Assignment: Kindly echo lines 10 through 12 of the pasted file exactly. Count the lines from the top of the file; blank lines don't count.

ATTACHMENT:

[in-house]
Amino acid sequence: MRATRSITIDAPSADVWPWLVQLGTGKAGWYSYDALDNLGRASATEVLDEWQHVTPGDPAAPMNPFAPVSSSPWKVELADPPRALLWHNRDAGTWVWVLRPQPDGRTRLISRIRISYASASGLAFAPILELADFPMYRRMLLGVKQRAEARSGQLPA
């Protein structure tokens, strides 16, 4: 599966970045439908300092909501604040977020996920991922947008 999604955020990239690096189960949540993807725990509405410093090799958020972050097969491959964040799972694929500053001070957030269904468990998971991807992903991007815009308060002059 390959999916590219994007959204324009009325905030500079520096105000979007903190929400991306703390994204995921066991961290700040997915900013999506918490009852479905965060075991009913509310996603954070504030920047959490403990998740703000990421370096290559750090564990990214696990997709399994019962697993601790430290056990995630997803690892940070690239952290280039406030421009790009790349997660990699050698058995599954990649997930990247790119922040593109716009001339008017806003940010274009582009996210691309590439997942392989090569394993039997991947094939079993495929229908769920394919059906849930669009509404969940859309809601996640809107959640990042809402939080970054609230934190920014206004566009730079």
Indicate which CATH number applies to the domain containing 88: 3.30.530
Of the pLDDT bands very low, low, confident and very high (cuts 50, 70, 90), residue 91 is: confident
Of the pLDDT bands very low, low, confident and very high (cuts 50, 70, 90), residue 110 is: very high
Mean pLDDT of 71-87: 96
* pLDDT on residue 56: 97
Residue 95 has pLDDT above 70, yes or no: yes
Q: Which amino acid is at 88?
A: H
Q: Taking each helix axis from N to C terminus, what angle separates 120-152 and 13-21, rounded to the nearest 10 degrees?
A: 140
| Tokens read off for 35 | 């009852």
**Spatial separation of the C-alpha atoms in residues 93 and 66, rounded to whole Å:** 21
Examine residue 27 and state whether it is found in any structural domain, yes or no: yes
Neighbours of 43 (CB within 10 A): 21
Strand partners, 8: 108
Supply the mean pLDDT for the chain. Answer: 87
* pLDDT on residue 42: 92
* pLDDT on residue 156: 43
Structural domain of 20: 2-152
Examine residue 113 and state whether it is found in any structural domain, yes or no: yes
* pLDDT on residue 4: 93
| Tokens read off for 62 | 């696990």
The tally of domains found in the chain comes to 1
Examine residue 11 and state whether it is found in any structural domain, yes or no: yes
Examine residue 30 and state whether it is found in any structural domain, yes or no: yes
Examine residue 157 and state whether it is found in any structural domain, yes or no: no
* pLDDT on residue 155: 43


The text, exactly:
Q: Which amino acid is at 88?
A: H
Q: Taking each helix axis from N to C terminus, what angle separates 120-152 and 13-21, rounded to the nearest 10 degrees?